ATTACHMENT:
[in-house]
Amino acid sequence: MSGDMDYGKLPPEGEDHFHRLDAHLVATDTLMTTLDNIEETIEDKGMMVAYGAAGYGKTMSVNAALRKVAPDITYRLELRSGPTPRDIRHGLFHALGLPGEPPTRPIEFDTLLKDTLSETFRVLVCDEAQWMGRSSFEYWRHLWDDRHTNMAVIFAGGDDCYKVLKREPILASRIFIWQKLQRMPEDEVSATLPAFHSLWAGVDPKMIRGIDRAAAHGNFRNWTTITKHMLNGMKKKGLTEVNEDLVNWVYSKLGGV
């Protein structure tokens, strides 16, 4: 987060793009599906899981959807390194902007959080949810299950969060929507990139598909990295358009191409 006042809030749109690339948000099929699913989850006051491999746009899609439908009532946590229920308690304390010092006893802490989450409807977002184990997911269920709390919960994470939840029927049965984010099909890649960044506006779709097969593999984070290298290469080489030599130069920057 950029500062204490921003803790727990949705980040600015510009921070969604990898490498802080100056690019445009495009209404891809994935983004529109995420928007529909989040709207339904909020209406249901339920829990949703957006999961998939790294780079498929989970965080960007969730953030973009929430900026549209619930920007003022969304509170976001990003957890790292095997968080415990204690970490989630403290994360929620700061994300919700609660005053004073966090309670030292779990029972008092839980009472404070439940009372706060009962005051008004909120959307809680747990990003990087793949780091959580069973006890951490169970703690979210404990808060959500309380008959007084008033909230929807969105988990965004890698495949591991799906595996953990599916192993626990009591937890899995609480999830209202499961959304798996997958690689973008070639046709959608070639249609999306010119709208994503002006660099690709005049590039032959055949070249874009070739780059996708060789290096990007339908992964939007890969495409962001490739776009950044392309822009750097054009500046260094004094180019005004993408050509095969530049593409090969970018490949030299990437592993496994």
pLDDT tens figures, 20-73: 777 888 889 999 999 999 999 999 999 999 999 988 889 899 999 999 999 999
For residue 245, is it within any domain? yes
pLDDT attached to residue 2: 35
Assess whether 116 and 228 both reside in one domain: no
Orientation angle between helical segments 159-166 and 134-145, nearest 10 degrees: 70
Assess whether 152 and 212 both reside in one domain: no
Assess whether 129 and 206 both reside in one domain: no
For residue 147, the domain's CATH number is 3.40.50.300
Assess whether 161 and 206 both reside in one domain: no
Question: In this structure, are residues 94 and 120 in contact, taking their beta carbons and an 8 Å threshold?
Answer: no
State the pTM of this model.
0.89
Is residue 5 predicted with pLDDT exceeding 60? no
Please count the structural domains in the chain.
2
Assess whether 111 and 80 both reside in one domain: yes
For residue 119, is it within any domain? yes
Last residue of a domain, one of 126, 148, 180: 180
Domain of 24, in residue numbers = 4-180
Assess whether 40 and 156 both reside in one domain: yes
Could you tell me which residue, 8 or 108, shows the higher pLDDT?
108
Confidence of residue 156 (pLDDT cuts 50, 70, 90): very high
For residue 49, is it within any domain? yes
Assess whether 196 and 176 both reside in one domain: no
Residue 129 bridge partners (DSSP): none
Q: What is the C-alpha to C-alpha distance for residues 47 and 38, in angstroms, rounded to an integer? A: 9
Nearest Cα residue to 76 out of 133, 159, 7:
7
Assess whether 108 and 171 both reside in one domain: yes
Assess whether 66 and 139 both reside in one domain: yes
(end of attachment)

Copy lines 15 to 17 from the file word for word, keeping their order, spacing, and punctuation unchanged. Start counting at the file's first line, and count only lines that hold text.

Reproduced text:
State the pTM of this model.
0.89
Is residue 5 predicted with pLDDT exceeding 60? no